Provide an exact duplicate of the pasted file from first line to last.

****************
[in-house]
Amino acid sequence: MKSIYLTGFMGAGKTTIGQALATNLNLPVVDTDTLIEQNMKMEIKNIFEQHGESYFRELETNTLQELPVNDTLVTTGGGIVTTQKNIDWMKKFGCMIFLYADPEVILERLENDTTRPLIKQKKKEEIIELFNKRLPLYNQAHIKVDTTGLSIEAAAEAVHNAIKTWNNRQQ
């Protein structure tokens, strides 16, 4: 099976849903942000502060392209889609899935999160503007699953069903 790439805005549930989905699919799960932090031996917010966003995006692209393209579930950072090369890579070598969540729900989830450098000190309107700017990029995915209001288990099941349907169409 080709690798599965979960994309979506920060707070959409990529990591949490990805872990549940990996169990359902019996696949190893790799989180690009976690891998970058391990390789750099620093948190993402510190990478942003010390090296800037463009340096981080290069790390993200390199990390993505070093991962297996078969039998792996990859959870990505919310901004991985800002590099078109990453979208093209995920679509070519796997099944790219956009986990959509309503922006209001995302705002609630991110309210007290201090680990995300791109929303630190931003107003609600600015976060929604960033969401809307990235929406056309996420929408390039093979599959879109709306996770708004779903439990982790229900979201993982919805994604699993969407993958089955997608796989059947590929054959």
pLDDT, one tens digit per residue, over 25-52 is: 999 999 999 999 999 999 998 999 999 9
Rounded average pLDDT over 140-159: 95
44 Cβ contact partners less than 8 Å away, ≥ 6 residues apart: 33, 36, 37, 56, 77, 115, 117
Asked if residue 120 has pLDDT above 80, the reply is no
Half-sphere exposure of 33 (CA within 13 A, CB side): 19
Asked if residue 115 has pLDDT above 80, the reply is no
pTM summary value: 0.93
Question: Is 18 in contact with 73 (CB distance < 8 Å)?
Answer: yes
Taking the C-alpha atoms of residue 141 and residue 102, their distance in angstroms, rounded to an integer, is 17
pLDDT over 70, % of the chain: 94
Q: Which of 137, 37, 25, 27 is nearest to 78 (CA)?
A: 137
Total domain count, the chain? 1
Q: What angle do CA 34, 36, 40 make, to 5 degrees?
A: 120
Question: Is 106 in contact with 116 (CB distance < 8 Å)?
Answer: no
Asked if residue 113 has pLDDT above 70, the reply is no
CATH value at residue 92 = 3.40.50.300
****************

[in-house]
Amino acid sequence: MKSIYLTGFMGAGKTTIGQALATNLNLPVVDTDTLIEQNMKMEIKNIFEQHGESYFRELETNTLQELPVNDTLVTTGGGIVTTQKNIDWMKKFGCMIFLYADPEVILERLENDTTRPLIKQKKKEEIIELFNKRLPLYNQAHIKVDTTGLSIEAAAEAVHNAIKTWNNRQQ
């Protein structure tokens, strides 16, 4: 099976849903942000502060392209889609899935999160503007699953069903 790439805005549930989905699919799960932090031996917010966003995006692209393209579930950072090369890579070598969540729900989830450098000190309107700017990029995915209001288990099941349907169409 080709690798599965979960994309979506920060707070959409990529990591949490990805872990549940990996169990359902019996696949190893790799989180690009976690891998970058391990390789750099620093948190993402510190990478942003010390090296800037463009340096981080290069790390993200390199990390993505070093991962297996078969039998792996990859959870990505919310901004991985800002590099078109990453979208093209995920679509070519796997099944790219956009986990959509309503922006209001995302705002609630991110309210007290201090680990995300791109929303630190931003107003609600600015976060929604960033969401809307990235929406056309996420929408390039093979599959879109709306996770708004779903439990982790229900979201993982919805994604699993969407993958089955997608796989059947590929054959």
pLDDT, one tens digit per residue, over 25-52 is: 999 999 999 999 999 999 998 999 999 9
Rounded average pLDDT over 140-159: 95
44 Cβ contact partners less than 8 Å away, ≥ 6 residues apart: 33, 36, 37, 56, 77, 115, 117
Asked if residue 120 has pLDDT above 80, the reply is no
Half-sphere exposure of 33 (CA within 13 A, CB side): 19
Asked if residue 115 has pLDDT above 80, the reply is no
pTM summary value: 0.93
Question: Is 18 in contact with 73 (CB distance < 8 Å)?
Answer: yes
Taking the C-alpha atoms of residue 141 and residue 102, their distance in angstroms, rounded to an integer, is 17
pLDDT over 70, % of the chain: 94
Q: Which of 137, 37, 25, 27 is nearest to 78 (CA)?
A: 137
Total domain count, the chain? 1
Q: What angle do CA 34, 36, 40 make, to 5 degrees?
A: 120
Question: Is 106 in contact with 116 (CB distance < 8 Å)?
Answer: no
Asked if residue 113 has pLDDT above 70, the reply is no
CATH value at residue 92 = 3.40.50.300